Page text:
This week marks 65 years since the United States dropped the atomic bomb. On August 6, 1945, President Harry Truman delivered a “rain of ruin” upon Hiroshima, Japan, with Nagasaki hit three days later, killing 100,000 to 200,000.
The hallmark of capitalism has been competition and quality.
Businesses have thrived by providing the best service at the lowest price. Companies that can’t show value are quickly driven from the marketplace.
On December 3, 2009, the cable giant Comcast announced plans to buy NBC/Universal from General Electric in a $28 billion merger.
Judging by recent polls, a majority of Americans are experiencing political amnesia. This memory loss could drive the nation into the massive mistake of returning Republicans to power in Congress despite their record of abuses during the Bush years.
Finally! An election without negative advertising and mudslinging! National Farmers Market Week is August 1-7, and it includes a contest to choose America’s best farm markets. You can vote for your favorite local market through the end of August.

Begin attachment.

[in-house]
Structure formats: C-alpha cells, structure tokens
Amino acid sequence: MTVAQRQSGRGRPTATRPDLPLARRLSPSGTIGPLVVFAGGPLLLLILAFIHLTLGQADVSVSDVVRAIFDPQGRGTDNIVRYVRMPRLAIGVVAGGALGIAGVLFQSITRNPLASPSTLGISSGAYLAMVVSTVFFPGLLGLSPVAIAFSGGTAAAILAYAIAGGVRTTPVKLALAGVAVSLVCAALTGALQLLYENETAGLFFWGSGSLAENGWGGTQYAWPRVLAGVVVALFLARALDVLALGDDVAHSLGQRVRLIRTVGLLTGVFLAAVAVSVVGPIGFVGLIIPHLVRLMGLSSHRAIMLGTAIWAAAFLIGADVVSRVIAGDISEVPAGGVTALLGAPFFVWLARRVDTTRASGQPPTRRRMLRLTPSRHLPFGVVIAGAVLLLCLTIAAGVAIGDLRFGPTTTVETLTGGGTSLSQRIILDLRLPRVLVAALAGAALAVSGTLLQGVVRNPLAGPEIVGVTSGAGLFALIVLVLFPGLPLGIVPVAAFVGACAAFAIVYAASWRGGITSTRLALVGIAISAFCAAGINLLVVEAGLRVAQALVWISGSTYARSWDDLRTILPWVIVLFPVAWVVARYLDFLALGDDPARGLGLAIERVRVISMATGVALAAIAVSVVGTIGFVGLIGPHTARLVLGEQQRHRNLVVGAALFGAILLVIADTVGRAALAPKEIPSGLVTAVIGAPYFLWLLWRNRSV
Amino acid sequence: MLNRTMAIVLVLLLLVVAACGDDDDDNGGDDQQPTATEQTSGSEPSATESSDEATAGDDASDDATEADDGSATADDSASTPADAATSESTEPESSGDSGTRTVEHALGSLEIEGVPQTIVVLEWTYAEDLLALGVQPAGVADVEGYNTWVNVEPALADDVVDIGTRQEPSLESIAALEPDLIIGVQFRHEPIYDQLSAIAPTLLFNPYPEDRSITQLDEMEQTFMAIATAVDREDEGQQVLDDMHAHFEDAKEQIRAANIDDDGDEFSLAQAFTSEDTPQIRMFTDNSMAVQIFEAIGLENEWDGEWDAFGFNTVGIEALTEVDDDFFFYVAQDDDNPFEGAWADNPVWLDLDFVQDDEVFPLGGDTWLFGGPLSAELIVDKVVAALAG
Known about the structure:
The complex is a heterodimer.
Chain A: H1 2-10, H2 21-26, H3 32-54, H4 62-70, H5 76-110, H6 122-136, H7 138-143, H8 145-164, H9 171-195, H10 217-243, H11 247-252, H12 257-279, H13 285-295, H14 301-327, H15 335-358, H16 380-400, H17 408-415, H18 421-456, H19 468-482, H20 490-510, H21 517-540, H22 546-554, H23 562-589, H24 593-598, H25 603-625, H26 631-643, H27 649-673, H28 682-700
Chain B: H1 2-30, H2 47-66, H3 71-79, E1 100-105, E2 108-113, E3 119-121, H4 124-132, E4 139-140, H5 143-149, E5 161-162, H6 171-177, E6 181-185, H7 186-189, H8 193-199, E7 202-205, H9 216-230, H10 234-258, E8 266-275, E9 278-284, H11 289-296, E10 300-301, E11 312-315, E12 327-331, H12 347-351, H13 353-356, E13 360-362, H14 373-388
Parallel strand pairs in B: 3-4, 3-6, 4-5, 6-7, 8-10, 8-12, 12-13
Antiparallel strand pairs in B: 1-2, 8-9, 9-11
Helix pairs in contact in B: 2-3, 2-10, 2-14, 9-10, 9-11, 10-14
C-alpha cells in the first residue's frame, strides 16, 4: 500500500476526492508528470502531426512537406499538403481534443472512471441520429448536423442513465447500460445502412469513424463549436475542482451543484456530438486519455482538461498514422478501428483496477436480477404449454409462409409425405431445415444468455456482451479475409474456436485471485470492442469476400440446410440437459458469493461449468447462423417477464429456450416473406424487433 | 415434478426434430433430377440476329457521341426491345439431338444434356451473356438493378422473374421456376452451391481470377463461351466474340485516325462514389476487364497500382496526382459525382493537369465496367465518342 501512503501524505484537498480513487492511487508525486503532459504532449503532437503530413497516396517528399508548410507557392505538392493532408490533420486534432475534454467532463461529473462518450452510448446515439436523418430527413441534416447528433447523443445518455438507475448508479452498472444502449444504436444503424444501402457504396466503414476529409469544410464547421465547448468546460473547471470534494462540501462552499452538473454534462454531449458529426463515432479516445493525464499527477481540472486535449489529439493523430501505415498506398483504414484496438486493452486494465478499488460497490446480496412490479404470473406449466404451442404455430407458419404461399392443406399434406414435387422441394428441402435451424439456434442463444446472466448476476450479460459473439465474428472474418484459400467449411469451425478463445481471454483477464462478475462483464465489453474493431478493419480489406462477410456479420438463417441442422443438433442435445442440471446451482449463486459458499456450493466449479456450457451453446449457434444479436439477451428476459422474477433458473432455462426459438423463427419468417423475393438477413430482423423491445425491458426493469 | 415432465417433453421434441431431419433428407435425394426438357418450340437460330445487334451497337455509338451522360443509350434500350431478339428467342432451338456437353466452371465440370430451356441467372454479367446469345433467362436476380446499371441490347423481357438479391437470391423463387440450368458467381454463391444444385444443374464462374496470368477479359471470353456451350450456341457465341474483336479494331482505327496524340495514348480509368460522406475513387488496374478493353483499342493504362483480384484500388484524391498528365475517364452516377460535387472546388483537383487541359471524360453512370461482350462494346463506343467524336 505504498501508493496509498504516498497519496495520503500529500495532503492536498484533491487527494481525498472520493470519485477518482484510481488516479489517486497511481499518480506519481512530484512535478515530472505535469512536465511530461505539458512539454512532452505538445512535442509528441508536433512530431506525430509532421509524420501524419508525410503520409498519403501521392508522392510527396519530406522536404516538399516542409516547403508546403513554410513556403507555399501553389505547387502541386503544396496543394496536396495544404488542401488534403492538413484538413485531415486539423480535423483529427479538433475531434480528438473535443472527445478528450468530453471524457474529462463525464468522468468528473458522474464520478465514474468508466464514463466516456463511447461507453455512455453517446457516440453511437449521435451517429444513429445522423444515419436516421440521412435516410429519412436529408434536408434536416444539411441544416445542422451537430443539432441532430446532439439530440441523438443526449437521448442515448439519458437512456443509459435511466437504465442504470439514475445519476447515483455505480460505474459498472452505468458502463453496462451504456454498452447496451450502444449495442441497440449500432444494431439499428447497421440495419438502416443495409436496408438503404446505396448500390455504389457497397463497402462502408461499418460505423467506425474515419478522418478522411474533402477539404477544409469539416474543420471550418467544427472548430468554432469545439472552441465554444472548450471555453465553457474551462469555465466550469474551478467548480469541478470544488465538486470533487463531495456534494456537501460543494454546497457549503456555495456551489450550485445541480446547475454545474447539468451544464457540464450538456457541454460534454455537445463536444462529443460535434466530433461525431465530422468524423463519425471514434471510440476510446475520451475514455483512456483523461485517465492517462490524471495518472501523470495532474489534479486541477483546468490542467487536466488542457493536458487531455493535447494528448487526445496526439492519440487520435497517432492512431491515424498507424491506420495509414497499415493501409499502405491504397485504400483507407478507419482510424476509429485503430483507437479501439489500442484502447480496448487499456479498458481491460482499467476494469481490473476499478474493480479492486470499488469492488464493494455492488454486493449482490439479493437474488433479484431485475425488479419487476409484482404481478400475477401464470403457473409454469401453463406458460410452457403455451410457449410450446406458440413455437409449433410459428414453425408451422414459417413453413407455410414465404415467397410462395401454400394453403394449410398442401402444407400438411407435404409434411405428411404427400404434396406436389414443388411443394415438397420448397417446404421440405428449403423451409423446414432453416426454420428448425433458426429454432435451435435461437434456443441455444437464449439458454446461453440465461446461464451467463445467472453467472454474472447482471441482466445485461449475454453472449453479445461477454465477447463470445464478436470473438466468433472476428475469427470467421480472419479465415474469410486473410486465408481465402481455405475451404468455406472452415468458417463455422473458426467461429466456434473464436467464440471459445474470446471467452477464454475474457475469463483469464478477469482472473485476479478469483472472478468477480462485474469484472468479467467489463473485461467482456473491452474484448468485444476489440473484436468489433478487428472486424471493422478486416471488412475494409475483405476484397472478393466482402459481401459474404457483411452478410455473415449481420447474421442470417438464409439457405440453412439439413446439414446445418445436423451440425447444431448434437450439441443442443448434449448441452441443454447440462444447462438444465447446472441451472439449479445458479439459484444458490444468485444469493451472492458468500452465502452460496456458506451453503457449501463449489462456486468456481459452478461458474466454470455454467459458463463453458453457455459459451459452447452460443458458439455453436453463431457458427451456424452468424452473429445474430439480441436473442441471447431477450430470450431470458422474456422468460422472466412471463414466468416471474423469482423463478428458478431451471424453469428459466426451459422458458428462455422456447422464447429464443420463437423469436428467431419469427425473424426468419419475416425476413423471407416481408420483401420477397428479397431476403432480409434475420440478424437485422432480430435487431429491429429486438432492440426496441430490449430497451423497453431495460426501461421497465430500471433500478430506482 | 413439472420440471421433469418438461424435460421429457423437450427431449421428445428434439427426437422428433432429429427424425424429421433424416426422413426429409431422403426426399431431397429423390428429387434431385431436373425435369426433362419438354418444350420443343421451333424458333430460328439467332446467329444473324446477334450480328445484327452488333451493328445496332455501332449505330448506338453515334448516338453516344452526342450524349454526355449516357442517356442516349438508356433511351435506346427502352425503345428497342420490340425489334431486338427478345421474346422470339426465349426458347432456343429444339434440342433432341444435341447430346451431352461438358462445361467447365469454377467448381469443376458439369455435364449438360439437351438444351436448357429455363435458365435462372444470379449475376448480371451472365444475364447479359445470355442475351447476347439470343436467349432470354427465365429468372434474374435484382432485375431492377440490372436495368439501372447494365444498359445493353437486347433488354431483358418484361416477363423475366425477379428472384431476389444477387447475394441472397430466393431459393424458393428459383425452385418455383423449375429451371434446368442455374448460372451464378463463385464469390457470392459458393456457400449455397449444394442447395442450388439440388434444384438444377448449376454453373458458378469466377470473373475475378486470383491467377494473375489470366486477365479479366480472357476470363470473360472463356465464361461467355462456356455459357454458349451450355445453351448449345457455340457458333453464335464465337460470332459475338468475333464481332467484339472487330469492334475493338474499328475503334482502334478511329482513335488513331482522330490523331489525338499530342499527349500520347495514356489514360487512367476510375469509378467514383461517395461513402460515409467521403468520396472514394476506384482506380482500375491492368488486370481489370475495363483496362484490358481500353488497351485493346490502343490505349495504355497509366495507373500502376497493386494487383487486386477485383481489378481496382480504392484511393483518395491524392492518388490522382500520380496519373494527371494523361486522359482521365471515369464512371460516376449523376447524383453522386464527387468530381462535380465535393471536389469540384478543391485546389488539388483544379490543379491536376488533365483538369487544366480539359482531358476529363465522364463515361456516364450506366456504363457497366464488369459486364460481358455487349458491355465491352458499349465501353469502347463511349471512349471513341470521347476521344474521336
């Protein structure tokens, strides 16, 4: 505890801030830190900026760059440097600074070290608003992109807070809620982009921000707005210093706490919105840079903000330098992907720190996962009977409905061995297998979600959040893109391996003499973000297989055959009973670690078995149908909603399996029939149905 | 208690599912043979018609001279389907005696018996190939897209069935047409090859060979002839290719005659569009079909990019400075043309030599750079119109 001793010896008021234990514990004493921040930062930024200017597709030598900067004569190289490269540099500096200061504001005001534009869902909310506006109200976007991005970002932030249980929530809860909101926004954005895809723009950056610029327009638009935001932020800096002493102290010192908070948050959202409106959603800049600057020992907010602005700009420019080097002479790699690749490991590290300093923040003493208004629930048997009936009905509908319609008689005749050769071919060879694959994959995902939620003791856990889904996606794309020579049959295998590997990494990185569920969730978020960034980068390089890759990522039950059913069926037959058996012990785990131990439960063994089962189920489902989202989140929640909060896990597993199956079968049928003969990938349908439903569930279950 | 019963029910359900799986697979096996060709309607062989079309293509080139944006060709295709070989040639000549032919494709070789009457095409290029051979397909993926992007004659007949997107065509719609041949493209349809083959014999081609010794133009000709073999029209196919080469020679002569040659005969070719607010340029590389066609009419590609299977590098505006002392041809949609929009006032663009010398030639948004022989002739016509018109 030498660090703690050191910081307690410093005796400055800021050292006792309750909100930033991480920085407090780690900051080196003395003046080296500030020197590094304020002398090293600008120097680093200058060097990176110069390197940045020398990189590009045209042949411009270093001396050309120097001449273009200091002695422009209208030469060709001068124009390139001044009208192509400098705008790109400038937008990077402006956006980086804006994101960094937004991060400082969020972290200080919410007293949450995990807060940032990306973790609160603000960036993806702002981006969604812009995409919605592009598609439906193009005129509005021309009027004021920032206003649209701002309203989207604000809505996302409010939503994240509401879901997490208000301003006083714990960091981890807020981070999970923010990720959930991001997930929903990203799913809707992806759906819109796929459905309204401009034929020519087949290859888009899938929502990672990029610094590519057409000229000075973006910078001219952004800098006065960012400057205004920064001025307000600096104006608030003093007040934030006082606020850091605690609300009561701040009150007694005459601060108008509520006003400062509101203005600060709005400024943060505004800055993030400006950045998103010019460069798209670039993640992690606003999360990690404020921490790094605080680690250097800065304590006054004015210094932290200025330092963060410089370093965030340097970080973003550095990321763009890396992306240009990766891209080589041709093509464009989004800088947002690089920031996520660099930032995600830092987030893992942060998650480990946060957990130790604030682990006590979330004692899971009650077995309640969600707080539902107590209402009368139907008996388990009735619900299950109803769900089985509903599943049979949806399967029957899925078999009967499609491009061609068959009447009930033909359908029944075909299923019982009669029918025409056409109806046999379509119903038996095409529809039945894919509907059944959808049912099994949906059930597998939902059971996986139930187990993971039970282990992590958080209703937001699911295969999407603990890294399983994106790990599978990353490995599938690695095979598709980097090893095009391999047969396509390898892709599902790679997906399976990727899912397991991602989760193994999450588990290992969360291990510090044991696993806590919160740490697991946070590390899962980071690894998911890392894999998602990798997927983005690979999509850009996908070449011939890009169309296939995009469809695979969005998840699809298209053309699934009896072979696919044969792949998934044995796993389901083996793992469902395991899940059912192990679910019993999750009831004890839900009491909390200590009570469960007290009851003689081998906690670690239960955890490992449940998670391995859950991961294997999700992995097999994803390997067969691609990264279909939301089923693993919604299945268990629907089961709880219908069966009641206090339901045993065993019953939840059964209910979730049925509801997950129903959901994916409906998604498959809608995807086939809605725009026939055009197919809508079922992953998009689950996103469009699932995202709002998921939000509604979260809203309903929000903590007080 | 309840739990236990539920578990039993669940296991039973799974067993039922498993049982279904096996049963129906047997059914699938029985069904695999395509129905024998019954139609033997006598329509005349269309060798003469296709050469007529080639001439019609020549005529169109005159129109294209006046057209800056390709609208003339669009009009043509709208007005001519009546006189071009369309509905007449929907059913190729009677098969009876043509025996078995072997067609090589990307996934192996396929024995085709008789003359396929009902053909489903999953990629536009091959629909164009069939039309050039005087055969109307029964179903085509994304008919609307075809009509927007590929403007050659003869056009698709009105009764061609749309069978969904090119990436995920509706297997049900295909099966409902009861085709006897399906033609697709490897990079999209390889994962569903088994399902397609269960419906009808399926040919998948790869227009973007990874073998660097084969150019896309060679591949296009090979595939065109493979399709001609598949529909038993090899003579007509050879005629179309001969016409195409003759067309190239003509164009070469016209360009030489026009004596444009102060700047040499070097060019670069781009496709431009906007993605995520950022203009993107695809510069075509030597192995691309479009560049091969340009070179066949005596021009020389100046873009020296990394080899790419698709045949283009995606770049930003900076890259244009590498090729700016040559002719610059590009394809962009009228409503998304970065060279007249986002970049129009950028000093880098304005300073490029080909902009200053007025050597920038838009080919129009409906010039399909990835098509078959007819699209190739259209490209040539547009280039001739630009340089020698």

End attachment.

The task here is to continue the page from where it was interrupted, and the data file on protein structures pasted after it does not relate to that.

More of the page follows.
Too frequently hopeful politicians resort to using fear and negative tactics to bully votes their way. Unfortunately, the residents of the Borough of Carteret have this kind of candidate running for Mayor this November, Republican Ken Freeman.
Those who understand the exploitative nature of big government suspected that the U.S. response to the 9/11 attacks had little to do with the security of the American people and much to do with power and money. Still, the magnitude of the scam, as revealed by the Washington Post last week, is astonishing.
Just as the 9/11 terrorist attacks resulted in a profound change in the way Americans thought about their place in the world, the changes brought about by World War II and its aftermath profoundly affected people’s understanding of life.
I would like to offer a thank you to the Somerset Patriots for helping make our Pancreatic Cancer Awareness Day on July 18th a resounding success.
The Land & Water Conservation Fund (LWCF) is the federal government’s main program for open space preservation. Now, after decades of being underfunded, it may finally realize its full conservation potential through a bill approved by a key committee in the House of Representatives.